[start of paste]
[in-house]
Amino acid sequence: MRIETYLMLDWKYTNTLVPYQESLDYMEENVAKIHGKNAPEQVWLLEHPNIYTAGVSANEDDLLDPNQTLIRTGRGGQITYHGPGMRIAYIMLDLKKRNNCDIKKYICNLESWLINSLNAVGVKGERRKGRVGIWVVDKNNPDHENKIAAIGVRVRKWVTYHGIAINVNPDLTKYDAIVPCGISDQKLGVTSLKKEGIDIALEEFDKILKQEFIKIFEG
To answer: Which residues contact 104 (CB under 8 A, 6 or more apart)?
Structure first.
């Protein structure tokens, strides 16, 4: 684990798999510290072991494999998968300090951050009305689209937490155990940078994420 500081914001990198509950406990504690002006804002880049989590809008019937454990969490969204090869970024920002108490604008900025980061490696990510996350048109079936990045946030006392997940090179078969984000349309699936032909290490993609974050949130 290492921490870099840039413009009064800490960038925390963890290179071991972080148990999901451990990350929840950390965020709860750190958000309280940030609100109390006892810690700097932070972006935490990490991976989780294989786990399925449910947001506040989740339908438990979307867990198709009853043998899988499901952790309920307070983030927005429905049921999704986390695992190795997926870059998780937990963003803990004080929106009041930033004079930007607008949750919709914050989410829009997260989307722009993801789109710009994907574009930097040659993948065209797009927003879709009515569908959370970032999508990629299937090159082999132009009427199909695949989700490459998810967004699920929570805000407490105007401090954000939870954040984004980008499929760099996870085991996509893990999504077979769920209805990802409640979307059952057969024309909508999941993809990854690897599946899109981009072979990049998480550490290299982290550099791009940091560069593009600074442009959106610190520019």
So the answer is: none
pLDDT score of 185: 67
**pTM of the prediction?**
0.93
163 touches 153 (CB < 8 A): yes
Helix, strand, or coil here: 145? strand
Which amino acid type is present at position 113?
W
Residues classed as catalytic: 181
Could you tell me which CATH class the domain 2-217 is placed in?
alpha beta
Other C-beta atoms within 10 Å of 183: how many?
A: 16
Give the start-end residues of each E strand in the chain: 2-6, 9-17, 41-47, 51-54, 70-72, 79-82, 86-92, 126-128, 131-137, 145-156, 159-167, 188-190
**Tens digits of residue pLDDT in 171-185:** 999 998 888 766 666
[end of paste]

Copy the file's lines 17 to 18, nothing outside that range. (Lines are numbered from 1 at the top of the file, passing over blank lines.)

Other C-beta atoms within 10 Å of 183: how many?
A: 16